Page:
There are three calcium-regulating hormones in humans that play critical roles in regulating calcium levels in the body and maintaining healthy bones. These hormones are parathyroid hormone, calcitriol and calcitonin. Parathyroid hormone stimulates bone formation and resorption and maintains calcium levels in the body. Calcitriol, which is made from vitamin D, stimulates the intestines to absorb sufficient calcium and phosphorus and also has a direct effect on the bones. Calcitonin is responsible for inhibiting bone breakdown and protecting the body from abnormally high levels of calcium.
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The parathyroid glands are four small glands located near the thyroid in the neck. They produce one of the human calcium-regulating hormones, parathyroid hormone (PTH), which precisely controls blood calcium levels. The parathyroid glands are very sensitive to even small changes in the concentration of calcium in the blood and therefore play an important role in the processcalcium regulation. When a drop in blood calcium levels is detected, the parathyroid glands increase secretion of PTH. PTH tells the kidneys to conserve calcium. It also stimulates the production of another hormone, calcitriol, which increases calcium absorption in the gut. PTH also affects the bones and increases the transfer of calcium from the bones to the blood.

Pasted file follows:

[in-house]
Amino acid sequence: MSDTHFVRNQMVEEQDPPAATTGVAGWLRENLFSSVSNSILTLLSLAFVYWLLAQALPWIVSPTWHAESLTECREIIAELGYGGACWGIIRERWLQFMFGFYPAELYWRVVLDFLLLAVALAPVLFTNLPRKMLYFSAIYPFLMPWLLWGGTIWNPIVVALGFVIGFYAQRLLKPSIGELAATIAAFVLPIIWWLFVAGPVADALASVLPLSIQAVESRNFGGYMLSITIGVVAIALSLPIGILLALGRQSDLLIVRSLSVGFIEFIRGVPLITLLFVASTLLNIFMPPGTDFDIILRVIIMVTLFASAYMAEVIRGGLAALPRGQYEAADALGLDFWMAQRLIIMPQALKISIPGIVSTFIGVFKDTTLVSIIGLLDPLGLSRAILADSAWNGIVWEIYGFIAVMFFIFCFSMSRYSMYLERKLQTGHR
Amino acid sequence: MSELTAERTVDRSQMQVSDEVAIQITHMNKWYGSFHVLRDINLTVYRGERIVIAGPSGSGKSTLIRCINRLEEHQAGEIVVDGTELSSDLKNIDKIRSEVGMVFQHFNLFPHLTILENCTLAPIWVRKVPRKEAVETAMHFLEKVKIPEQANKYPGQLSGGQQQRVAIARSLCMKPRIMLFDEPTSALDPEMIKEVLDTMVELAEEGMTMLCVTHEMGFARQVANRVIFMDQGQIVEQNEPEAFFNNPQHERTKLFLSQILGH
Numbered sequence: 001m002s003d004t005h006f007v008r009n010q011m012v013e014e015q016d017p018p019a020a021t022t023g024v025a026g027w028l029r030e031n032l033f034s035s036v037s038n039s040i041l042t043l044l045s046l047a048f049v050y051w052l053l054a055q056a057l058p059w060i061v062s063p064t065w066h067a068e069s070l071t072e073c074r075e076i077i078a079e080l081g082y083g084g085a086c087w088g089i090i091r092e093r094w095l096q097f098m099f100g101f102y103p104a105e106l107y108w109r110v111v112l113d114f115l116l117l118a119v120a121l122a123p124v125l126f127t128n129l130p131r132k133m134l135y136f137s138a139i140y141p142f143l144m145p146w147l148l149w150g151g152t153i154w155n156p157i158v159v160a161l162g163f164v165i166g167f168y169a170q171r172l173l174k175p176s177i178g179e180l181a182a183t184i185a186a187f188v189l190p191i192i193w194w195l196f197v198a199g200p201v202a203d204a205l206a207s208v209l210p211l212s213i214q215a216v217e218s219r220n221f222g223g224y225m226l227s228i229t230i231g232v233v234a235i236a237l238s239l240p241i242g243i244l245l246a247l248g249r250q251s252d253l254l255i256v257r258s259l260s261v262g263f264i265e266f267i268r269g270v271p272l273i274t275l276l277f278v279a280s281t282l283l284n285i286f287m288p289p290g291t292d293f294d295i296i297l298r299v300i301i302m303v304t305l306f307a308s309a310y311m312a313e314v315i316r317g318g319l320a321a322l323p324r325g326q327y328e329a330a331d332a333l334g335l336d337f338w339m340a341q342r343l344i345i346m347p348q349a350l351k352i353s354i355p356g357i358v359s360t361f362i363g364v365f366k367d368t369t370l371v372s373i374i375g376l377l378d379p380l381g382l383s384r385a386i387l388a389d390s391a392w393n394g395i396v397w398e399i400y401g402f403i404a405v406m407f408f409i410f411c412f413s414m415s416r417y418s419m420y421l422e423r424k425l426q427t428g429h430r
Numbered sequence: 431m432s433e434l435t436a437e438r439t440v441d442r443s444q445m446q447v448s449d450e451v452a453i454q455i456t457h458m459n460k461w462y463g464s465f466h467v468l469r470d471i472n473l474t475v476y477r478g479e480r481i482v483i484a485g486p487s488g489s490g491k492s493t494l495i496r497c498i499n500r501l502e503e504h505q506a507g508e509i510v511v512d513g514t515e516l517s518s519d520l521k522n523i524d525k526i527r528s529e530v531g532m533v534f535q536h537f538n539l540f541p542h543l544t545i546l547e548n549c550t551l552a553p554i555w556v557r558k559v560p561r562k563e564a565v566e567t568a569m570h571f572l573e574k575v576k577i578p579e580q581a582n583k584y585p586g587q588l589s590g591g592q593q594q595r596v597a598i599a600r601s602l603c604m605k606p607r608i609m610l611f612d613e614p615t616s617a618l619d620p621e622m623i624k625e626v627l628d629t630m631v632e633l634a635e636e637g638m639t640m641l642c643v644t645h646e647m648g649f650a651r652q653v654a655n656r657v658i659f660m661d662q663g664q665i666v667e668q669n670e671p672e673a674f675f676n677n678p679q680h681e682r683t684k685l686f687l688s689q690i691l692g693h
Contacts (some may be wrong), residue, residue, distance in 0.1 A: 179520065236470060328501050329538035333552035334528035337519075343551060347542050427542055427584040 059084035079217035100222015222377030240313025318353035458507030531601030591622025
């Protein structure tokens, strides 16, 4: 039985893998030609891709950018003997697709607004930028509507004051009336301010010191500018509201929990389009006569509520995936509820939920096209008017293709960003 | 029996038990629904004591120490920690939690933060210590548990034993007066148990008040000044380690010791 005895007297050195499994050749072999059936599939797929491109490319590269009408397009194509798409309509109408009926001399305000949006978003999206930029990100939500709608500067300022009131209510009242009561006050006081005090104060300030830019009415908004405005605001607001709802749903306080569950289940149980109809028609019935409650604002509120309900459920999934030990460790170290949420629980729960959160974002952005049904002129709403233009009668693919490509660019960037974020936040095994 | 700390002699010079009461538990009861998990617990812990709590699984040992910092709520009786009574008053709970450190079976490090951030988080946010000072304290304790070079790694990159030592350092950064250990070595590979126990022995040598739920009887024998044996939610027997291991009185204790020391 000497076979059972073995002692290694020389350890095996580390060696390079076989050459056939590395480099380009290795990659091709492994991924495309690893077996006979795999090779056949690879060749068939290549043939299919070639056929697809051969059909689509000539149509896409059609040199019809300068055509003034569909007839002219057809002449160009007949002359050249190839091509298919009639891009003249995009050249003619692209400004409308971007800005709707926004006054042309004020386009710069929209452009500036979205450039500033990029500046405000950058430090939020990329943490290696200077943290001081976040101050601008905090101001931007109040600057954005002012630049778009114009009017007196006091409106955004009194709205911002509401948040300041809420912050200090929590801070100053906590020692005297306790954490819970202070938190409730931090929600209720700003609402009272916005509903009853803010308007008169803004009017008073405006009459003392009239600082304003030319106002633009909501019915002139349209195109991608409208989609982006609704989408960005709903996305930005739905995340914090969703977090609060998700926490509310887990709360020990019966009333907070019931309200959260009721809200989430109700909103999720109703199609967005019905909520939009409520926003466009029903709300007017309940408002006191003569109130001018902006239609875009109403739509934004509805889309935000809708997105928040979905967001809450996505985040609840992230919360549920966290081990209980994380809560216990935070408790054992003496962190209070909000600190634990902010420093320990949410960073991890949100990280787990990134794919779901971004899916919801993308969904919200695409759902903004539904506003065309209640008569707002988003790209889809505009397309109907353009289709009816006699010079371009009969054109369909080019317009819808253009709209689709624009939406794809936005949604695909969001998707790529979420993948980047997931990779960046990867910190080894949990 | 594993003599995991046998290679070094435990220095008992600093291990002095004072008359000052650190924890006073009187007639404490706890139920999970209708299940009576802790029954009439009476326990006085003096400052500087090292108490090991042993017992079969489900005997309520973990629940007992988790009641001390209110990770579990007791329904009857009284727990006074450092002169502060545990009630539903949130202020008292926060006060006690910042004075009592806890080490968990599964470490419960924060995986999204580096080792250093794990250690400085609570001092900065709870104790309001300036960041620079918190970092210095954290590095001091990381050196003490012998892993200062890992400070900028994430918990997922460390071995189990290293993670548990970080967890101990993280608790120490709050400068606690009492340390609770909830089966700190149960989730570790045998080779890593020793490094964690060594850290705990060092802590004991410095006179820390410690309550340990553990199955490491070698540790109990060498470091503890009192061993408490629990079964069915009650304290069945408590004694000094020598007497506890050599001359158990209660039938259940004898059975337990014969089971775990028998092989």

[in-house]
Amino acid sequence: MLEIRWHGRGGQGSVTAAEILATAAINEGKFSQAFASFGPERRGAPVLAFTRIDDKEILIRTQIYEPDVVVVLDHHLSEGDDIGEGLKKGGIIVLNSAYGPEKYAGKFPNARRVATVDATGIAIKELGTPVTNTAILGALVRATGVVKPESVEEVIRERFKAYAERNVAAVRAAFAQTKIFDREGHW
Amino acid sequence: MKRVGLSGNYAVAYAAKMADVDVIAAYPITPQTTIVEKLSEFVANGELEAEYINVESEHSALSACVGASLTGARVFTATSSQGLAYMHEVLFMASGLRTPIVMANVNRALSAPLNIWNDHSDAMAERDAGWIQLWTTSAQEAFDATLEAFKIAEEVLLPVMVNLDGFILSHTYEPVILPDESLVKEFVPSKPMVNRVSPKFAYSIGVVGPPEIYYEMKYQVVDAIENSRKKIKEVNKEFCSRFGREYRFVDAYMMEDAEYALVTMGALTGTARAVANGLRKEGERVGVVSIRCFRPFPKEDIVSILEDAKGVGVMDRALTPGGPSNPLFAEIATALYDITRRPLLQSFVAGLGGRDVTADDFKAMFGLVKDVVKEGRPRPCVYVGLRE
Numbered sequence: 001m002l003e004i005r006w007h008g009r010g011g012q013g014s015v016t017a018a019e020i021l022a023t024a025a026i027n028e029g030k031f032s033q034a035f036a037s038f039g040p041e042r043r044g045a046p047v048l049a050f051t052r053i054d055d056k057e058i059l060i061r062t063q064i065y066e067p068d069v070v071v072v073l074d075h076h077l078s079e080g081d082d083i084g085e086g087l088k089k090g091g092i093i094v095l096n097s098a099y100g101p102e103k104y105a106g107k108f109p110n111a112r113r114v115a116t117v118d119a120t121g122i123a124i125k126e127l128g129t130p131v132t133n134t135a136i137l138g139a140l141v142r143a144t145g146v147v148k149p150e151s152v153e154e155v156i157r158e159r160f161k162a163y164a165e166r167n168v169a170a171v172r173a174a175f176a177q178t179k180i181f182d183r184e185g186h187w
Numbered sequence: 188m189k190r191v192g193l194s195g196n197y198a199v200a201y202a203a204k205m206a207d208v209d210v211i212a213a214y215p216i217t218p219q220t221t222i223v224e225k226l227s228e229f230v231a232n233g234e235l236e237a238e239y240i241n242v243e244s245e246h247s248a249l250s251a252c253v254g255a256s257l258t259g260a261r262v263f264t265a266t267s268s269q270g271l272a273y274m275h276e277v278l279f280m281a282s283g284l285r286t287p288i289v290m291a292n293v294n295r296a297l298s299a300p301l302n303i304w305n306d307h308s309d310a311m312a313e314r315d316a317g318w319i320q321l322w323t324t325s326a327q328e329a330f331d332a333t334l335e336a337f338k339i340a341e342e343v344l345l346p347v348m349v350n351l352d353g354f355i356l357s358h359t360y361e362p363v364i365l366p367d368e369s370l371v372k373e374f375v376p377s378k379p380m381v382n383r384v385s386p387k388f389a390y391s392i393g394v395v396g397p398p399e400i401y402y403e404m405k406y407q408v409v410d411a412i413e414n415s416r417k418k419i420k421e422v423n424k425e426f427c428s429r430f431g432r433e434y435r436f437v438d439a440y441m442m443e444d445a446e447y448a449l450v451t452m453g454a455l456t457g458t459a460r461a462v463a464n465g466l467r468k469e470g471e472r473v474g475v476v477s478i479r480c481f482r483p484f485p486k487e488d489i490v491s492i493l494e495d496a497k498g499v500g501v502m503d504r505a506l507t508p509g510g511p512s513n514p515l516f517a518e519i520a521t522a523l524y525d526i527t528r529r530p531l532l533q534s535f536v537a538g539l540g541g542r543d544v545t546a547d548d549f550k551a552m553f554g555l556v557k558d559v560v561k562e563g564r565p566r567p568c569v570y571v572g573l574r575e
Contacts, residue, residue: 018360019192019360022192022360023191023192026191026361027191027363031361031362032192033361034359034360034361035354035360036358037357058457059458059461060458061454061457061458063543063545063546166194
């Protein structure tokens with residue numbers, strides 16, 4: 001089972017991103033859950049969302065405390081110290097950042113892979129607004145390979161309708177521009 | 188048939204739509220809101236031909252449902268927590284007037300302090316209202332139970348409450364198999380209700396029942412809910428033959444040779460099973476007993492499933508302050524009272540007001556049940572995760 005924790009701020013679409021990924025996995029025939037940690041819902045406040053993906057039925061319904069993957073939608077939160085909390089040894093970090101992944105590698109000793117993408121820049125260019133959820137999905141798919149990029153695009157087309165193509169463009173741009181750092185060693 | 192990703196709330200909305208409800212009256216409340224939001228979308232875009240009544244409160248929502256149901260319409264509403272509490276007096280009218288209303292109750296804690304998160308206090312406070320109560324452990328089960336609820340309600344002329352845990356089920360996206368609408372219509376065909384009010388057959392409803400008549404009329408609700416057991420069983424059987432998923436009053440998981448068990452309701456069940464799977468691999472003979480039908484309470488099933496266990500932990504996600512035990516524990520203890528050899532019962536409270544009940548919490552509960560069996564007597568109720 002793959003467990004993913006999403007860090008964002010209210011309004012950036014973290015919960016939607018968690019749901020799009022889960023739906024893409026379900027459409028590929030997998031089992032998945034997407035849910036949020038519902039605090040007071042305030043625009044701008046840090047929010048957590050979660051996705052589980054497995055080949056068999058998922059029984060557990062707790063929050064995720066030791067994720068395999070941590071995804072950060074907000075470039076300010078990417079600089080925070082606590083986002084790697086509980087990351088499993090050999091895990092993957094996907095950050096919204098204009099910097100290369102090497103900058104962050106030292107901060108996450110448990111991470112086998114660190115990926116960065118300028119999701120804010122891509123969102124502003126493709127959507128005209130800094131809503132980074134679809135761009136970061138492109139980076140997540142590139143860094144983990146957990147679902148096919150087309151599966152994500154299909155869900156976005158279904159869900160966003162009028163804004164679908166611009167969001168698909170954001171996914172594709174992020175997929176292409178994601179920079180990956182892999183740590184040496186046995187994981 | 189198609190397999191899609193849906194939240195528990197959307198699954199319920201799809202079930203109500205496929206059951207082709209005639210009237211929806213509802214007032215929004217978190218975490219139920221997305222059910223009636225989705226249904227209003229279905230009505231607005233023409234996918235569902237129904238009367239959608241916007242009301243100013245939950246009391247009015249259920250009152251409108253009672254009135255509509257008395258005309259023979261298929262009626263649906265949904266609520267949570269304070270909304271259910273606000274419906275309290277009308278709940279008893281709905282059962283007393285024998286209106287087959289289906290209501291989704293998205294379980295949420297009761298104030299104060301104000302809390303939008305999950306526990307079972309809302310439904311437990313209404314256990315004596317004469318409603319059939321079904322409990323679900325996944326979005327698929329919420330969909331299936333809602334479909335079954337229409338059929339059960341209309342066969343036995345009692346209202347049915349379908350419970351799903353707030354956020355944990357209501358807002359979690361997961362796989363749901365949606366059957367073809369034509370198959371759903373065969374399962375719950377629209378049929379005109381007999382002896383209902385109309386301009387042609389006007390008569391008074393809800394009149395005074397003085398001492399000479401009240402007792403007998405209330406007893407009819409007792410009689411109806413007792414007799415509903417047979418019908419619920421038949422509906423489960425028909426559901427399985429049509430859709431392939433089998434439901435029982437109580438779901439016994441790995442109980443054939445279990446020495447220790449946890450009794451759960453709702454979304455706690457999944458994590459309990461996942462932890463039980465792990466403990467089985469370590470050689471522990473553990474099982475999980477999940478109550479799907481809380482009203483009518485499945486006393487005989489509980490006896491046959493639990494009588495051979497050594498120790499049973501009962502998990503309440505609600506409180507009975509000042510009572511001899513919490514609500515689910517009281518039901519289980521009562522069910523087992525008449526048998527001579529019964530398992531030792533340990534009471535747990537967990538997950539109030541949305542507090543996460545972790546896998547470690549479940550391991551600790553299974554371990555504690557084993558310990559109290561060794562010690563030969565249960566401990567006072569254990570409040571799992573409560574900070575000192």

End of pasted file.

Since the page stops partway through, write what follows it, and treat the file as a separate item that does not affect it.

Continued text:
Excessive secretion of PTH, one of the human calcium-regulating hormones, is known as hyperparathyroidism. Excess PTH, for example from a secreting tumor of the parathyroid glands, can cause bone loss. In addition to bone resorption, PTH has been found to stimulate bone formation and strengthen bones when the hormone is administered in small amounts intermittently. The latest treatmentsosteoporosisare based on this feature of PTH.
Another hormone called PTH-related protein has recently been identified. Under normal circumstances, this hormone regulates bone and cartilage formation in the developing fetus. People with certain types of cancer develop a condition known as malignant hypercalcaemia, which is due to overproduction of a PTH-related protein, which acts like PTH and causes excessive bone breakdown and abnormally high levels of calcium in the blood.
Also known as 1,25-dihydroxy vitamin D, this is one of the human calcium-regulating hormones. It is a derivative of vitamin D. Enzymes in the kidneys and liver produce this hormone, which affects many different tissues and organs. The main function of calcitriol is to increase the absorption of calcium and phosphorus from the gut and to make these minerals available to the skeleton. Vitamin D is not an essential nutritional element and can be synthesized in the skin from cholesterol by exposure to ultraviolet light (sunlight); Therefore, it is not technically a vitamin. However, insufficient exposure to sunlight can lead to low levels of vitamin D, which must be supplemented from dietary sources.